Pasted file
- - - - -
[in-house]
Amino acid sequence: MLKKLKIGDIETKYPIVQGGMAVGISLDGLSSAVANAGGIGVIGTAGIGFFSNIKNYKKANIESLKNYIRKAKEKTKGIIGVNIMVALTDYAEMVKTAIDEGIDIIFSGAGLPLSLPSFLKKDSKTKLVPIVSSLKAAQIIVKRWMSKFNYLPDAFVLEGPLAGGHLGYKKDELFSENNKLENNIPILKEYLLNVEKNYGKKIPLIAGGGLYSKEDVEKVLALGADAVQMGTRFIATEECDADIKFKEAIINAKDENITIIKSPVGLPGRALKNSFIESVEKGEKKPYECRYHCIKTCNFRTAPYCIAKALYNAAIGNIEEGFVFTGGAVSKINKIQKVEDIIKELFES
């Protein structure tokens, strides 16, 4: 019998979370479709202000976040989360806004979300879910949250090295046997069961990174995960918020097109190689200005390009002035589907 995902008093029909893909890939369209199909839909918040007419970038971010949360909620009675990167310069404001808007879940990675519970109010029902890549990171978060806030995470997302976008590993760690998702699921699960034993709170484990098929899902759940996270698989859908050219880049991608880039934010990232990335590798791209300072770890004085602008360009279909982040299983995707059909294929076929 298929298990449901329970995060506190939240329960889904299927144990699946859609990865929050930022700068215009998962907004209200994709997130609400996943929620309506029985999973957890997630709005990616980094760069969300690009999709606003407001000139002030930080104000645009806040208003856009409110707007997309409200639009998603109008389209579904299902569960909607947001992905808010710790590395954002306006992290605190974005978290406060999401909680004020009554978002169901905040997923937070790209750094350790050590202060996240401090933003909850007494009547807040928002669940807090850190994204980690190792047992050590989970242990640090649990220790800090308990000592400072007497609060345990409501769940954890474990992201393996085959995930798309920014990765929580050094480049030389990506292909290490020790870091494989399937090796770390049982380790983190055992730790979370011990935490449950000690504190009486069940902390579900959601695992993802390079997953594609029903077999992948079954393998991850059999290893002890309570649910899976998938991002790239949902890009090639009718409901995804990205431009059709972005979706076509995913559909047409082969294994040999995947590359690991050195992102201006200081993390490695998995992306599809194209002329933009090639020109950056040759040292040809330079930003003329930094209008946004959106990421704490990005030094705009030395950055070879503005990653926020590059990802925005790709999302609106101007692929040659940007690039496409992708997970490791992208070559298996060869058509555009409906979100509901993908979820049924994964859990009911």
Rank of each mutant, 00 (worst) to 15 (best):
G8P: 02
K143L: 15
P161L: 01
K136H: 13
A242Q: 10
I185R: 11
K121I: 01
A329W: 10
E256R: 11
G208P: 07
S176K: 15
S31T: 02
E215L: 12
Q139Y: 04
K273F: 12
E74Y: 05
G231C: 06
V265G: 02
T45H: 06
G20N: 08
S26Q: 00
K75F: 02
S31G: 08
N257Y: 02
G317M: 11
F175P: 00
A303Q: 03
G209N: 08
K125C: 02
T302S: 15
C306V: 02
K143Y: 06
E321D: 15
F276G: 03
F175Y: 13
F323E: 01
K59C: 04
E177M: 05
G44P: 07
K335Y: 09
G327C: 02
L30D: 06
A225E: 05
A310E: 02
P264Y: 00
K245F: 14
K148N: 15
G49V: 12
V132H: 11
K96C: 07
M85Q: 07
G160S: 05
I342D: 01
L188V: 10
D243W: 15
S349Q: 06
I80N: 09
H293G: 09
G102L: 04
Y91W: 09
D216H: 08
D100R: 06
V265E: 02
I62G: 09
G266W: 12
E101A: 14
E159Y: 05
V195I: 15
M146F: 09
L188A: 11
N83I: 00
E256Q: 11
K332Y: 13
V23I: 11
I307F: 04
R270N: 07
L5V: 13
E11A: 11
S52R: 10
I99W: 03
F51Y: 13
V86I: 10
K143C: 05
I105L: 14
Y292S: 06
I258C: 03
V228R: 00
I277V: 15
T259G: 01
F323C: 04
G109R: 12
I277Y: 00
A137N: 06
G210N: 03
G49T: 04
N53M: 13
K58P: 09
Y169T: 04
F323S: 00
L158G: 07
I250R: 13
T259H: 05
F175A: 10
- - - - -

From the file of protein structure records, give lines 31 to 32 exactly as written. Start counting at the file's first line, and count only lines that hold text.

A303Q: 03
G209N: 08